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crossover study of 15 patients with treated, stable systolic
heart failure, oral theophylline at therapeutic plasma con-
centration (11 µg/mL, range 7 to 15 µg/mL) decreased the
AHI by about 50% and improved arterial oxyhemoglobin
saturation. 123
Mechanisms of action of theophylline in improving
central apnea remain unclear. 123 At therapeutic serum con-
centrations, theophylline competes with adenosine at some
of its receptor sites. In the central nervous system, adenos-
ine is a respiratory depressant and theophylline stimulates
respiration by competing with adenosine. Conceivably,
therefore, an increase in ventilation by theophylline could
decrease central apnea during sleep. Theophylline does
not increase ventilatory response to CO 2 .
Potential arrhythmogenic effects and phosphodiesterase
inhibition are common concerns with long-term use of
theophylline in patients with heart failure. Therefore,
further controlled studies are necessary to ensure its safety.
If theophylline is used to treat CSA, frequent and careful
follow-ups are necessary.
80
Room air
Oxygen
Means ± SD
P < .0001
70
60
P < .01
P < .001
P < .05
50
P < .01
P = .02
40
30
20
10
0
n = 9
Hanly
n = 7
Walsh
n = 11
Staniforth
n = 7
Franklin
n = 22
Andreas
n = 29
Javaheri
Figure 122-12 Effects of supplemental nasal oxygen on
apnea-hypopnea index in patients with systolic heart failure.
A CETAZOLAMIDE
By inhibiting carbonic anhydrase in red blood cells, kidney,
and choroid plexus, acetazolamide causes acidosis in the
blood and cerebrospinal fluid124-126 124-126 and stimulates breath-
ing. By doing so, acetazolamide increases the PCO 2 reserve,
decreasing the likelihood of the development of central
apnea during sleep. 127
Acetazolamide has been used to treat idiopathic central
sleep apnea 128 - 129 and periodic breathing at high altitude.
In a double-blind placebo-controlled crossover study 130 of
12 patients with heart failure, acetazolamide, administered
at about 3 mg/kg one-half hour before bedtime, decreased
the central apnea-hypopnea index significantly from about
57/hr (in the placebo arm) to 34/hr. Acetazolamide
improved arterial oxyhemoglobin desaturation signifi-
cantly. Furthermore, patients reported improved subjec-
tive perceptions of the following: overall sleep quality,
feeling rested on awakening, falling asleep unintentionally
during daytime, and fatigue. Acetazolamide, therefore,
could have other advantageous effects when used in
patients with heart failure and CSA, including acting as a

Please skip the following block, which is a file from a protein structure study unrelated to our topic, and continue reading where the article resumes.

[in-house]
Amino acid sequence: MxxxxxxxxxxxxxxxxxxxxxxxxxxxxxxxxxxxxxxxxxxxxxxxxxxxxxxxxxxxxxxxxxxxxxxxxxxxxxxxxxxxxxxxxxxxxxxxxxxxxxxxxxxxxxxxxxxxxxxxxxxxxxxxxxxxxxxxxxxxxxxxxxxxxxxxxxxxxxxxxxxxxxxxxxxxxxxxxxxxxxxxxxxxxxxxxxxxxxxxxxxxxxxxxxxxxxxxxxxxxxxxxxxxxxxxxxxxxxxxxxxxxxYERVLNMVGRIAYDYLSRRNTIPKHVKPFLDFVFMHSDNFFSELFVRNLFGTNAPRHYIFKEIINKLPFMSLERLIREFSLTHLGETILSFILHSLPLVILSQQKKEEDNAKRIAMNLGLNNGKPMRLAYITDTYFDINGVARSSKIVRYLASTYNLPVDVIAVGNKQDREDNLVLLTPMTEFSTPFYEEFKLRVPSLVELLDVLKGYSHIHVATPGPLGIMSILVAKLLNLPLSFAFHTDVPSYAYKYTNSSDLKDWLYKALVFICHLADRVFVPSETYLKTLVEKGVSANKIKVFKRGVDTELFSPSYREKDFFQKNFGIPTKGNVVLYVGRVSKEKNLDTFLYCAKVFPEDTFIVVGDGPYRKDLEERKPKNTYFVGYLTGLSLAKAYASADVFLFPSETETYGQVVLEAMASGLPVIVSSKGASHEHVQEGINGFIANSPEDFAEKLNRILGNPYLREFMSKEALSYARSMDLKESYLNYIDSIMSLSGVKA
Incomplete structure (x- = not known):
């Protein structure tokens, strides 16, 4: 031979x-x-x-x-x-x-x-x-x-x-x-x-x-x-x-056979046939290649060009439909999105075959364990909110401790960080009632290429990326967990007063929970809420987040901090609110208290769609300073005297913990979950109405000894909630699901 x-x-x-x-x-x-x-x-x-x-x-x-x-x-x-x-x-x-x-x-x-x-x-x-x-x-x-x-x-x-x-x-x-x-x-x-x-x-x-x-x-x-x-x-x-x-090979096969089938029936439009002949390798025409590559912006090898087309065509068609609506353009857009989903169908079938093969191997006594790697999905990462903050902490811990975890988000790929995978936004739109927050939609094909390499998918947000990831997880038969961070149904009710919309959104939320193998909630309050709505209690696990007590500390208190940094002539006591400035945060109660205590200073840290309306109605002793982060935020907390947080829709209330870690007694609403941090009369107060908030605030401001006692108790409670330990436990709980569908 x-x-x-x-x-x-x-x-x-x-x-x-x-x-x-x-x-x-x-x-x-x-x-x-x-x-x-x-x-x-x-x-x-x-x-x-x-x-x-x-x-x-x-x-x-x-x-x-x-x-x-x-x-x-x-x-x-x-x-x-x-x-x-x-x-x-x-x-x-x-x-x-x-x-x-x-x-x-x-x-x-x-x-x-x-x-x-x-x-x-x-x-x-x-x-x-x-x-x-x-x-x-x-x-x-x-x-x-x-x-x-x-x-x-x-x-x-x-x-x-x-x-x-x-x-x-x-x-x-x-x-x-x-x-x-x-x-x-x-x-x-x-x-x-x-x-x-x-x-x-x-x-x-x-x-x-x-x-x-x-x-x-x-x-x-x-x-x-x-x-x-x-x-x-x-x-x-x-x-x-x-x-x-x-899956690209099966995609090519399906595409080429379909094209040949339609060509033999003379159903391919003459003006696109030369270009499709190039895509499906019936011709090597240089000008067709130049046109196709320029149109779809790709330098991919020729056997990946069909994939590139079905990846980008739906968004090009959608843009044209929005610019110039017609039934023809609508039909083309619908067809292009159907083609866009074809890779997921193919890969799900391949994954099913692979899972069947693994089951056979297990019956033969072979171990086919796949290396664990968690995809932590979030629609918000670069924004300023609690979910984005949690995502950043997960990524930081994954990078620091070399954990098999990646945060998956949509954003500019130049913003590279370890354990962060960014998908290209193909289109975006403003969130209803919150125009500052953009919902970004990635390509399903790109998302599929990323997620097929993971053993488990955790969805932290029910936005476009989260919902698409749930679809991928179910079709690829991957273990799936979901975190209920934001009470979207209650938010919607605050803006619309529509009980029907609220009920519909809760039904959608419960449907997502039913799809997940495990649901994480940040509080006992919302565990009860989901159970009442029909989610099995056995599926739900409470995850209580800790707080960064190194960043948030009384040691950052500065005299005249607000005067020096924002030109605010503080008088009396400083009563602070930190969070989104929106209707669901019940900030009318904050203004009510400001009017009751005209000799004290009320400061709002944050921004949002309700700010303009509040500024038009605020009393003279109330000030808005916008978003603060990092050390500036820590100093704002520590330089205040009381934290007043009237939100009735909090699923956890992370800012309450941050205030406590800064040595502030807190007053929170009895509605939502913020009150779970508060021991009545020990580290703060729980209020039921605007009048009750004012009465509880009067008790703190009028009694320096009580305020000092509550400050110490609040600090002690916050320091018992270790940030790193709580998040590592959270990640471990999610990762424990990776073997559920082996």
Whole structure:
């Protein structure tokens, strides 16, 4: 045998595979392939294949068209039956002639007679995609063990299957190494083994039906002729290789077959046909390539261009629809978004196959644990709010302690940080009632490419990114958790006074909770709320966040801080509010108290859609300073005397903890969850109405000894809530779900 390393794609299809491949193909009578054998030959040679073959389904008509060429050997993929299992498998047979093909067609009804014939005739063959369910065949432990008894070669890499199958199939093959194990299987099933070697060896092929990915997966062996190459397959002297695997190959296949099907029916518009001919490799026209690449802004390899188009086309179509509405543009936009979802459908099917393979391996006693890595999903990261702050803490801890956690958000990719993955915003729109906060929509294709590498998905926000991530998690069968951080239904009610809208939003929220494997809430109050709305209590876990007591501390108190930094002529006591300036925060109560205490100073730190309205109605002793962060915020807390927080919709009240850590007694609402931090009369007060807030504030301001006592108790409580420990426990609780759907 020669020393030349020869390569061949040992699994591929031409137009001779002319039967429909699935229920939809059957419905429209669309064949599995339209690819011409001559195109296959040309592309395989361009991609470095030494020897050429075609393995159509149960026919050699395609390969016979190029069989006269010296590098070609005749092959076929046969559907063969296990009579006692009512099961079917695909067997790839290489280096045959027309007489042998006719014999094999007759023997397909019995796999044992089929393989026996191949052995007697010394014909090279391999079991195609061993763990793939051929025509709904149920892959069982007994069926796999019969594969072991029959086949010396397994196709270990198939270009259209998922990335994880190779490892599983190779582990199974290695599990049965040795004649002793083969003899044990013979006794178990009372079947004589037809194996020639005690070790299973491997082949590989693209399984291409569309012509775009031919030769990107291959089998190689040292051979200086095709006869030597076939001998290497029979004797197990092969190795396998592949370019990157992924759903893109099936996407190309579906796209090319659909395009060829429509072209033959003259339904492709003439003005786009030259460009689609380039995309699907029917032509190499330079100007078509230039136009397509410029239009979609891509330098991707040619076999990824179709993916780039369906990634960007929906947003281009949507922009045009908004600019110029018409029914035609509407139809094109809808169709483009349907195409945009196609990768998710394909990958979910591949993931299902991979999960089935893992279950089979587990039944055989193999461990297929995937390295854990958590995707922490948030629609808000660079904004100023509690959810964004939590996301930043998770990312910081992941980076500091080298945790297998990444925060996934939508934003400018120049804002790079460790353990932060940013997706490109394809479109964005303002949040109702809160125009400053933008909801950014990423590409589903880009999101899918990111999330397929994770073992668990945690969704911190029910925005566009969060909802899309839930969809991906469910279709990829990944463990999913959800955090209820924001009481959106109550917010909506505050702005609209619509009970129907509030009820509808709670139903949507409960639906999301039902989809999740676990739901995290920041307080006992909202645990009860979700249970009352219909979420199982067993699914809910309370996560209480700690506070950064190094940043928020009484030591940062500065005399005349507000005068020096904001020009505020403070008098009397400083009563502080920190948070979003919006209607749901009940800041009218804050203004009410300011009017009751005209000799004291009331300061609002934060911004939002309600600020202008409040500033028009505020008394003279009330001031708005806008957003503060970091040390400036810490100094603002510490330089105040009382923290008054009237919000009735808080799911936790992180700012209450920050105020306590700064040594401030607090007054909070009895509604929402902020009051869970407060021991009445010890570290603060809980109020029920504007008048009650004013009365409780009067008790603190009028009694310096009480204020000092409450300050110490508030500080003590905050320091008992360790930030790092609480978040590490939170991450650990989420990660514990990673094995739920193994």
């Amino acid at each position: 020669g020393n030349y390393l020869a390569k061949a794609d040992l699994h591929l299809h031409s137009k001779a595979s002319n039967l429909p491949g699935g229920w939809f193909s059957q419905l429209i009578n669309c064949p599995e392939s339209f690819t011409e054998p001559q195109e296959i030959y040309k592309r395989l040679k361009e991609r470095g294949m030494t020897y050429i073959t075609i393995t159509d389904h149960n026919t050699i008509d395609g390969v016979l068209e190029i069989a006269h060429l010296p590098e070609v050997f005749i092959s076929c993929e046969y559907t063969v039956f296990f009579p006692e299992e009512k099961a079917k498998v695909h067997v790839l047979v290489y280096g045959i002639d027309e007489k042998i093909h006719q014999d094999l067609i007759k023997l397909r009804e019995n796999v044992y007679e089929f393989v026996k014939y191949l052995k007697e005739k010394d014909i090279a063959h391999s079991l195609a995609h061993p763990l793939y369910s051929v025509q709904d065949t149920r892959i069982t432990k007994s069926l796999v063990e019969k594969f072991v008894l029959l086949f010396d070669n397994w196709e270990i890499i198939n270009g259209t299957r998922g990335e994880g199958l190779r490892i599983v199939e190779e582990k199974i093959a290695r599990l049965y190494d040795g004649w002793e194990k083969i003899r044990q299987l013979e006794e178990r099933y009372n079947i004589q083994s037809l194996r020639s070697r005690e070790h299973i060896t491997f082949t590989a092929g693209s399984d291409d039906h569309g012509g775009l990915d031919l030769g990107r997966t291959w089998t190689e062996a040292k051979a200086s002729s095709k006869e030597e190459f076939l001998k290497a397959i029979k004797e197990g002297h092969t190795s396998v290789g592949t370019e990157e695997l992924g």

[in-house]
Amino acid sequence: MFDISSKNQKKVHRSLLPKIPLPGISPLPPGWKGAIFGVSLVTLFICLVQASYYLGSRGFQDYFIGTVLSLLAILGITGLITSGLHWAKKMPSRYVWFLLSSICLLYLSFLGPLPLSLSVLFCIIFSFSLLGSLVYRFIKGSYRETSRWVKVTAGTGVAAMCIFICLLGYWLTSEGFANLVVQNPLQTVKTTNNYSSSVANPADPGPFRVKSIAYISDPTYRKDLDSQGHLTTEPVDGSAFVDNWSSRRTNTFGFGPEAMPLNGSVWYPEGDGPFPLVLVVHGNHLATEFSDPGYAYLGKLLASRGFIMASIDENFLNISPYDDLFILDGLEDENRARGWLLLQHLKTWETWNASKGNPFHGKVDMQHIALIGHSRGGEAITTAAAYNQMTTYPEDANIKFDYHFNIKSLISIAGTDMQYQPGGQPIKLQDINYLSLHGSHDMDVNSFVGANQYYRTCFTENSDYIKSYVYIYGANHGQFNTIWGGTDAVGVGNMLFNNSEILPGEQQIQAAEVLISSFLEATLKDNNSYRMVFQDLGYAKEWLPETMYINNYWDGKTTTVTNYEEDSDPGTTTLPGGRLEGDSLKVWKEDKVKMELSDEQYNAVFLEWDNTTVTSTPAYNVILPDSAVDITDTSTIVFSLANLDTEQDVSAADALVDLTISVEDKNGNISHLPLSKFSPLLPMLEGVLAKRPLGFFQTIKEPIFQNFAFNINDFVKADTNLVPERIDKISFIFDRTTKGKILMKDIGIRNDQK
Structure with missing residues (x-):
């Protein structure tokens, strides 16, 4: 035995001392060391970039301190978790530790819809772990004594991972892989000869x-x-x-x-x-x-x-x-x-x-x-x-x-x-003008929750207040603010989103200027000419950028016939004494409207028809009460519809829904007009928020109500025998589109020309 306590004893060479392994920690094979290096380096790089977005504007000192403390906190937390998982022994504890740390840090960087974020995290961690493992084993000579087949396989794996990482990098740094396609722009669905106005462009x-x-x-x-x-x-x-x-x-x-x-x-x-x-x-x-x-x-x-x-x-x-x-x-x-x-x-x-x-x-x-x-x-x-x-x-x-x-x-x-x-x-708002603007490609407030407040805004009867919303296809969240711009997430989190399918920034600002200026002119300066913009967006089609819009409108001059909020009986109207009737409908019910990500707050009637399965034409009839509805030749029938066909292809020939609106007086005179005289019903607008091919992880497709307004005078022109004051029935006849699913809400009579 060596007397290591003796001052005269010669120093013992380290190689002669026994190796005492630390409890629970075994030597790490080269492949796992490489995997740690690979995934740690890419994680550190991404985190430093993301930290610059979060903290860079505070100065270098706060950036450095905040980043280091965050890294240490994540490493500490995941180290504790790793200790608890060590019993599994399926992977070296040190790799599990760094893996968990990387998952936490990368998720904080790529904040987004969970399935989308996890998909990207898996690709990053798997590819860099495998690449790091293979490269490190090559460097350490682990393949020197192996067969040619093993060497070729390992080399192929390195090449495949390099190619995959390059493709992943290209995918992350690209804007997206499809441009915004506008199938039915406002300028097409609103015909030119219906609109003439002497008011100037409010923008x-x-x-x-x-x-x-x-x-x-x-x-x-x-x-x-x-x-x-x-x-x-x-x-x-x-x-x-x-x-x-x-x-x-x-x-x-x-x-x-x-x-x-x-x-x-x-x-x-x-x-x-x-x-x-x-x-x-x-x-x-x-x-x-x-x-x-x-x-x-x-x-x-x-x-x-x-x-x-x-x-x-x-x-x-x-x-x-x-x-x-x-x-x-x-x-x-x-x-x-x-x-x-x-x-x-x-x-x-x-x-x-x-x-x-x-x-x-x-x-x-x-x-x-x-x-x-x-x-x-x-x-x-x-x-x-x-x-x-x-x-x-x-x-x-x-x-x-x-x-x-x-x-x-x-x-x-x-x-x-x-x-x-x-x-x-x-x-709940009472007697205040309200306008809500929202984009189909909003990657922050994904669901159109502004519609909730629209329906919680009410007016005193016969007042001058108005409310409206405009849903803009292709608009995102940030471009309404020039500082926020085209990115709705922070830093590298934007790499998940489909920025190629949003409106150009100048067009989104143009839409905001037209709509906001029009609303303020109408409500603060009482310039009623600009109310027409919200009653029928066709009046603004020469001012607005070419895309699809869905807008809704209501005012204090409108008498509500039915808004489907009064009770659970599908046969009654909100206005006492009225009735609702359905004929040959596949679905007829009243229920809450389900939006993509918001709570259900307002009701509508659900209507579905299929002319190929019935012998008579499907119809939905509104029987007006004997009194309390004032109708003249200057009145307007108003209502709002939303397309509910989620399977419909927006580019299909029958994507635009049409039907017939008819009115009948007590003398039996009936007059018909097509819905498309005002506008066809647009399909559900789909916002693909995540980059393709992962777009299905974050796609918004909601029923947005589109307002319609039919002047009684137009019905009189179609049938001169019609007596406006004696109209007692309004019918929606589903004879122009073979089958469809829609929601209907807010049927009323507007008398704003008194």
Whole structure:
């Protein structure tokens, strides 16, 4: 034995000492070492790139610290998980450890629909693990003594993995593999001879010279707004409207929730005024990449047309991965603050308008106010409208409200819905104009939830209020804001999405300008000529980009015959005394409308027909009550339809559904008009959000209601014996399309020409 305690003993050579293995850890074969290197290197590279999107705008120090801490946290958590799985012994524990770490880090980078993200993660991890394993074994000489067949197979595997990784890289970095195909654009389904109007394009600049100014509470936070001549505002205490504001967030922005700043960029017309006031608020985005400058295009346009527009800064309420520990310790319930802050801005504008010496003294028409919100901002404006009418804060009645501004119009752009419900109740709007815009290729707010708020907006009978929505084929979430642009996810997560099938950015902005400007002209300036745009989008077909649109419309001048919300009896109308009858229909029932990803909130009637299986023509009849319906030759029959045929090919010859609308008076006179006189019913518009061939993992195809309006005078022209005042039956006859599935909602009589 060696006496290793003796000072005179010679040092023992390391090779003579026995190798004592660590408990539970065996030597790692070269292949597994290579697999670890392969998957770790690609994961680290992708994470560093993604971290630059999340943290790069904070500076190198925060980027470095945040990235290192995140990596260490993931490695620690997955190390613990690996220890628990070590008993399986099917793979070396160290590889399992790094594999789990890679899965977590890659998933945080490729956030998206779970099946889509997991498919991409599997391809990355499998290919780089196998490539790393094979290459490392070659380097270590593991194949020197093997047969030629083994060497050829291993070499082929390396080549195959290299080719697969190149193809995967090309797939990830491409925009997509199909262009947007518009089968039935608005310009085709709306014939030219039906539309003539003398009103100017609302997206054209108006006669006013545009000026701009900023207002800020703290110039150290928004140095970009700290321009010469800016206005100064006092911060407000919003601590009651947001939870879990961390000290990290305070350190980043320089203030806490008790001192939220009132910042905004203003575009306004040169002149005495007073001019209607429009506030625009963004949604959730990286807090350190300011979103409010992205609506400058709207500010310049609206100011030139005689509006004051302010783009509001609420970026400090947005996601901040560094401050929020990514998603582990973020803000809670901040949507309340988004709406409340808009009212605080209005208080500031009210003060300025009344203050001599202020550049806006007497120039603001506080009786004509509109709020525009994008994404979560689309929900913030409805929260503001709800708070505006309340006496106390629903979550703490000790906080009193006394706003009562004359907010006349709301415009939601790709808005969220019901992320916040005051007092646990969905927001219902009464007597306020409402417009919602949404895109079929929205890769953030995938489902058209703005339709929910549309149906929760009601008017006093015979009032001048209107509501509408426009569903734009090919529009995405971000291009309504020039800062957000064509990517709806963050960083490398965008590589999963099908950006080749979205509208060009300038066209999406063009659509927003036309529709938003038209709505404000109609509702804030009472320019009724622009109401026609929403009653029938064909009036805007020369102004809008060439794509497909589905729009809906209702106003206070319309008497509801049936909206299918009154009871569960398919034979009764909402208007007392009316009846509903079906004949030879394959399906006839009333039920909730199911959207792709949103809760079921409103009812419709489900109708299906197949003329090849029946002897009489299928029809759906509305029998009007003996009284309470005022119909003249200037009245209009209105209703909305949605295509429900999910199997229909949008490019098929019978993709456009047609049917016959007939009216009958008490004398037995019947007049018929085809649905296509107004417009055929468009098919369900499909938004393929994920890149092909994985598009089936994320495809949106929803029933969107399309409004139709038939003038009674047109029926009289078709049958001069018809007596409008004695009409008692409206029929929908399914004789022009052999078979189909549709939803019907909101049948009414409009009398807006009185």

mild diuretic and also normalizing the alkalemia (caused
by loop diuretics) commonly present in patients with heart
failure. In our patients, arterial blood pH decreased from
7.43 to 7.37. 130
MEDICATIONS
N ASAL N OCTURNAL O XYGEN
Systematic studies in patients with systolic heart
failure 114-119 have shown that nocturnal therapy with sup-
plemental nasal oxygen improves central sleep apnea
( Fig. 122-12 ). Oxygen therapy may also decrease arousals
and improve the hypnogram by shifting sleep structure
to deep sleep stages. In addition, randomized placebo-
controlled double-blind studies have shown that short-
term (1 to 4 weeks) administration of nocturnal
supplemental nasal oxygen improves maximal exercise
capacity 116 and decreases overnight urinary norepineph-
rine excretion. 117
Three randomized clinical trials of nocturnal nasal
oxygen therapy 120-122 for 9-, 12-, and 52-week periods,
reported that, when compared with the control group,
oxygen therapy improved CSA and desaturation and sig-
nificantly increased left ventricular ejection fraction and
quality of life of patients with heart failure. In the oxygen-
treated group, left ventricular ejection fraction increased
5% (versus 1% in the control group) in the 12-week
study, 122 and 5.5% (versus 1.3% in the control group) in
the 52-week study. 121
Supplemental administration of nasal oxygen may
decrease periodic breathing by several mechanisms. 119
These include an increase in the difference between the
prevailing PCO 2 and the PCO 2 at the apneic threshold; a
reduction in the ventilatory response to CO 2 and perhaps
to hypoxemia; and an increase in body stores (e.g., lung
contents) of oxygen, which increases damping. Prospective
placebo-controlled long-term studies, however, are neces-
sary to determine if nocturnal oxygen therapy has the
potential to decrease mortality of patients with systolic
heart failure.
B ENZODIAZEPINES
Benzodiazepines, by decreasing arousals, may decrease
central sleep apnea. However, a placebo-controlled dou-
ble-blind study 131 showed a reduction in arousals but failed
to show any improvement in CSA in patients with systolic
heart failure. Although benzodiazepines do not increase
the number of central apneas, their use may increase the
likelihood of developing obstructive apneas in some heart
failure patients.
I NHALED CO 2 AND A DDITION OF E XTERNAL D EAD S PACE
Several studies have shown that low-level inhalation of
CO 2 and addition of external dead space (by increasing
PCO 2 ) improve CSA. 132-136 However, studies 106,133,134 show
that CO 2 inhalation increases spontaneous arousals, which
T HEOPHYLLINE
Open and blind studies 7 , 123 have shown the efficacy of the-
ophylline in the treatment of central sleep apnea in heart
failure. In a double-blind randomized placebo-controlled
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